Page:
It's reaching now-or-never time for fading Tigers

Chris McCosky
The Detroit News
The Tigers have lost nine of their last 12 to fall to six games under .500 entering Wednesday night's game.

Seattle — The Tigers took another punch in the gut in Tuesday night's 5-4 loss, getting walked-off by the Mariners and Kyle Seager in the 10th inning after staging a valiant eighth-inning rally to tie the game.

It was their fourth straight loss and ninth in their last 12 games. It dropped them six games under .500 and it ratcheted up the odds the Tigers will be selling off parts at the trade deadline.

“We can’t worry about that,” Justin Upton said. “If time runs out, it runs out. But if we worry about it, that will stop us from doing our jobs. It’s our job to show up here every day and try to win a ballgame.

“That’s all we can control.”

Manager Brad Ausmus has echoed the same refrain throughout the skid.

“Listen, I am going to come to the field tomorrow and try to win a game,” he said before the trip West. “Nothing changes in those players’ minds or in my mind. We don’t get caught up in what could be or what might happen.

“Feel free to talk about any topic, but we’re here to win baseball games on a daily basis. We haven’t done it consistently, but I still think this team can do it consistently.”

Ausmus has not held a team meeting since May 29 before a series in Kansas City. The team was on a 2-7 skid then and went 6-2 over the next eight games.

“Losing gets frustrating,” Ausmus said. “You want to win every game. But baseball doesn’t always work like that. That’s why I have said, you find out what type of team you have after 162 games, not 30 or 60 or 80.

“Now sometimes teams have to make decisions because a trading deadline is looming. But we are not at that point yet. I’ve been on too many teams that have gone too deep into the summer thinking they are a failure and ended up being in the playoffs.”

Whether he gets the option to manage this specific group of players deep into the summer remains to be seen. Meanwhile, the grumbling among the paying customers, particularly those venting on social media, grows louder.

Some of the complaints from Tuesday, though, were baseless. For example:

There was a general howling when Ausmus pulled starter Jordan Zimmermann with two outs and nobody on in the seventh inning. The Tigers trailed 3-2 at the time and Zimmermann had dispatched five straight.

The howling reached screeching levels after left-hander Daniel Stumpf, brought in to face left-handed hitting Ben Gamel, lost a nine-pitch battle and gave up a solo home run.

Why did Ausmus pull Zimmermann? Because Zimmermann had already alerted pitching coach Rich Dubee that he was running on fumes.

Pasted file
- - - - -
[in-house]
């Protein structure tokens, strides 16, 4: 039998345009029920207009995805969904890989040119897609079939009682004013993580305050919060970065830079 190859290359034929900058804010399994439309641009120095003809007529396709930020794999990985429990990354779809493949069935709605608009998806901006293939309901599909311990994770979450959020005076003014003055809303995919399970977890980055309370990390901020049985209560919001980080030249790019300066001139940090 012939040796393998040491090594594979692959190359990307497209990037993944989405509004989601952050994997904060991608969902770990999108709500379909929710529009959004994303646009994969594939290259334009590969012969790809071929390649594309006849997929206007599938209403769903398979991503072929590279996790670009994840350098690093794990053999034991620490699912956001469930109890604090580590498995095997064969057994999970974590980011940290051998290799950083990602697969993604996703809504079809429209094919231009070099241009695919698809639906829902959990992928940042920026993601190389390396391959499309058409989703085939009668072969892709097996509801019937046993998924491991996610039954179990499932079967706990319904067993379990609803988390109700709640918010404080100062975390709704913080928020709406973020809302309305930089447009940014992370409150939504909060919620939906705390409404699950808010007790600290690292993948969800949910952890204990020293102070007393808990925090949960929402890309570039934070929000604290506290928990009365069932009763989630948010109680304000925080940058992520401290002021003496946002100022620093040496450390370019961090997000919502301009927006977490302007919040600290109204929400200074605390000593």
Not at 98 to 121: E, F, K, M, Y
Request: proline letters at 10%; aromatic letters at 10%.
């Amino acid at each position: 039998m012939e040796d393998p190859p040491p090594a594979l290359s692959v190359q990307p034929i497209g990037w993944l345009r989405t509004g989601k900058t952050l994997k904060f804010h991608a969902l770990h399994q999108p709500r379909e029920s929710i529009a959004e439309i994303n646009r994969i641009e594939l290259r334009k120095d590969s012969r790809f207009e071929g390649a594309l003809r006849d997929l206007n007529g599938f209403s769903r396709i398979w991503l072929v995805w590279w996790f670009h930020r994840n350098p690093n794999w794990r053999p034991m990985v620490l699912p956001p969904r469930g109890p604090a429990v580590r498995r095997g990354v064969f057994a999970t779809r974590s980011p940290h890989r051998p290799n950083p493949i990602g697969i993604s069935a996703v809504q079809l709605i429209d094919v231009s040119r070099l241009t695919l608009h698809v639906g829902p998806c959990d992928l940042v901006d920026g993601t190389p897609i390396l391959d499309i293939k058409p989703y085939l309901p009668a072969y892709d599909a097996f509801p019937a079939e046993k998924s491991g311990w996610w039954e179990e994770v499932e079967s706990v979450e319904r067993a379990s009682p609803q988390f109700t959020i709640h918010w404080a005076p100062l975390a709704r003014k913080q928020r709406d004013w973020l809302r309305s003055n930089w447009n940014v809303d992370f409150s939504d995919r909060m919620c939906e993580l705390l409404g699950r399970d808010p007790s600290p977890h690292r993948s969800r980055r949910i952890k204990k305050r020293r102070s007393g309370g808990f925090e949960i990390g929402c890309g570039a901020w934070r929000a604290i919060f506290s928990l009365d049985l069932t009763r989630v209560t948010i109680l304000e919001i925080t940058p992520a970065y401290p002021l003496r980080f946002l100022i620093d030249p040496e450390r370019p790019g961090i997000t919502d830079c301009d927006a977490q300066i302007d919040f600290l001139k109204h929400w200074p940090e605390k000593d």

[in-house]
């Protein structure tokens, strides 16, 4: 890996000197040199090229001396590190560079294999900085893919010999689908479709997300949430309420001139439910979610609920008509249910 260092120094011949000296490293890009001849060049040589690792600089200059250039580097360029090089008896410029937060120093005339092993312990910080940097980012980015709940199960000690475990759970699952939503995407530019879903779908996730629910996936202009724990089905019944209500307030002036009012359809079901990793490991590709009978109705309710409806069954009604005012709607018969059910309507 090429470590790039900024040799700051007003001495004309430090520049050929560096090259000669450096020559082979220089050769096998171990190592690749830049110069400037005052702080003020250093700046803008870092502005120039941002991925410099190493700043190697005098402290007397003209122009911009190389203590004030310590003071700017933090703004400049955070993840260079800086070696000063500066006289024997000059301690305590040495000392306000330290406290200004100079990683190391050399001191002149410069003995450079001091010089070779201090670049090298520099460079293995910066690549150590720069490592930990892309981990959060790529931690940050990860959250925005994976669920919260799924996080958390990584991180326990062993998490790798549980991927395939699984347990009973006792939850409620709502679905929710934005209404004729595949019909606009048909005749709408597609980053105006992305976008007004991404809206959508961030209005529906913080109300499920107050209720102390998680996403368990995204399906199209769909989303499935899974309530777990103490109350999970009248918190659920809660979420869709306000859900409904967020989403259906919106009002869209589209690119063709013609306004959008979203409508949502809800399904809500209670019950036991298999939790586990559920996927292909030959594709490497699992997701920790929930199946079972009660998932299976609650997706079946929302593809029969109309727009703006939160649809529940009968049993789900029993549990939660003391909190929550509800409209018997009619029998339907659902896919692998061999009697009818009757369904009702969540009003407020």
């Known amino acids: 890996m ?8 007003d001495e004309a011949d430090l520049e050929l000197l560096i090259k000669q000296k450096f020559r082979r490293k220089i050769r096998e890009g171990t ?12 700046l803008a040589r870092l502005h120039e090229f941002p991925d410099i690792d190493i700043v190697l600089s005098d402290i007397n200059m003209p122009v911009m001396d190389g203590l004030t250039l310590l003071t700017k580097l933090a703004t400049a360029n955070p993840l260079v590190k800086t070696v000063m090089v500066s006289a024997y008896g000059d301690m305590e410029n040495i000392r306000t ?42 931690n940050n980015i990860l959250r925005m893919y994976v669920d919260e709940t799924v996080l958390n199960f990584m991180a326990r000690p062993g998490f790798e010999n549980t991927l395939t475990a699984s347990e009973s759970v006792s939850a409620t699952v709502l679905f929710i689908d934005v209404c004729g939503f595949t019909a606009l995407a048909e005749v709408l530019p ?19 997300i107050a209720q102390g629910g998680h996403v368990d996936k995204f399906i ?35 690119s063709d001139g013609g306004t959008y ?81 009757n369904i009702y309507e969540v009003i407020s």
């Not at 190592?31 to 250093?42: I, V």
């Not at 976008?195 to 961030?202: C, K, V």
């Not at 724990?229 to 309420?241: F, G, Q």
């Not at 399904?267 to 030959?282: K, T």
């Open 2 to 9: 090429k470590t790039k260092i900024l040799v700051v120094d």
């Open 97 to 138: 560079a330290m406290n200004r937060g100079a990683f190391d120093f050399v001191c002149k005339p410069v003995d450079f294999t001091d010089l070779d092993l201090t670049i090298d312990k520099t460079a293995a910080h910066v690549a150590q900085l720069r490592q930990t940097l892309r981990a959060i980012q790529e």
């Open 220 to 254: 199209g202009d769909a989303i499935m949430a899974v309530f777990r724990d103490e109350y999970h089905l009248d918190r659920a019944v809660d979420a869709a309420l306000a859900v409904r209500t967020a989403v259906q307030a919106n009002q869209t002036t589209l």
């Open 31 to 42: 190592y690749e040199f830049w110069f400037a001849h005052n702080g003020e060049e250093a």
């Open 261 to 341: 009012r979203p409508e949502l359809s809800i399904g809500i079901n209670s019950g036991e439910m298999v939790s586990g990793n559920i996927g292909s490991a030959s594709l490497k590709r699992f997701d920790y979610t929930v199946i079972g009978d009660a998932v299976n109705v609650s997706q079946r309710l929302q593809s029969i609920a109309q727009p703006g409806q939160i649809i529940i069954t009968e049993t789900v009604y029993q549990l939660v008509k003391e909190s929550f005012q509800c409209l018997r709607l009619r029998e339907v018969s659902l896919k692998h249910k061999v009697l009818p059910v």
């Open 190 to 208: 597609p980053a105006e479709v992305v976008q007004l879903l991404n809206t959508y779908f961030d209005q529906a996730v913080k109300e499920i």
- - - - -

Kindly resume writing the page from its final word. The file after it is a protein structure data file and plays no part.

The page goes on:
“The whole game I had to battle and work out of trouble,” Zimmermann said. “I was getting toward the end and I was pretty gassed. My velocity was down and I was doing all I could just to hang in there.”

The Tigers presently have two left-handers in their bullpen other than closer Justin Wilson — Stumpf and long-man Chad Bell. Ausmus has to be able to trust Stumpf to get one left-handed hitter out in that situation.

“Give Gamel some credit there,” Ausmus said. “He had a great at-bat. He fouled off a bunch of pitches. I don’t love the home run, but sometimes you have to give credit.”

Ausmus’ hands were tied on another late-game bullpen decision, as well. Alex Wilson was unavailable. He didn’t want to use Francisco Rodriguez, who had given up a two-run home run on Monday, either.

And, with the Tigers in striking distance, he had to use Shane Greene earlier than he might’ve liked. Greene got the final out of the seventh and dodged a pair of walks to get through the eighth after the Tigers tied the game.

But that started a chain reaction. Ausmus had to use Warwick Saupold, normally a long reliever, in the ninth. And after Saupold put two runners on with two out, he had to bring in Justin Wilson earlier than he wanted to extend the game to the 10th.

“That’s why I’ve been saying we need a third guy down there (to work in the late innings),” Ausmus said.

Justin Wilson didn’t have his command when he came back out for the 10th. He walked Nelson Cruz, then fell behind 3-1 on left-handed hitting Seager. Ausmus had the option of issuing an intentional walk there, but with right-handed hitting Danny Valencia up next, he opted against it.

That, again, led to some howling among the fan base, especially when Seager laced a game-winning double.

“We hoped he could get Seager,” Ausmus said. “I would rather he get Seager, then we could walk Valencia and face (left-handed hitting) Jarrod Dyson and then Carlos Ruiz.”

The rational, as it turned out, was better than the execution, which has been a theme for this ugly stretch.

“Clearly, things aren’t going our way right now,” Upton said. “We have to find a way to reverse it.”

Twitter: @cmccosky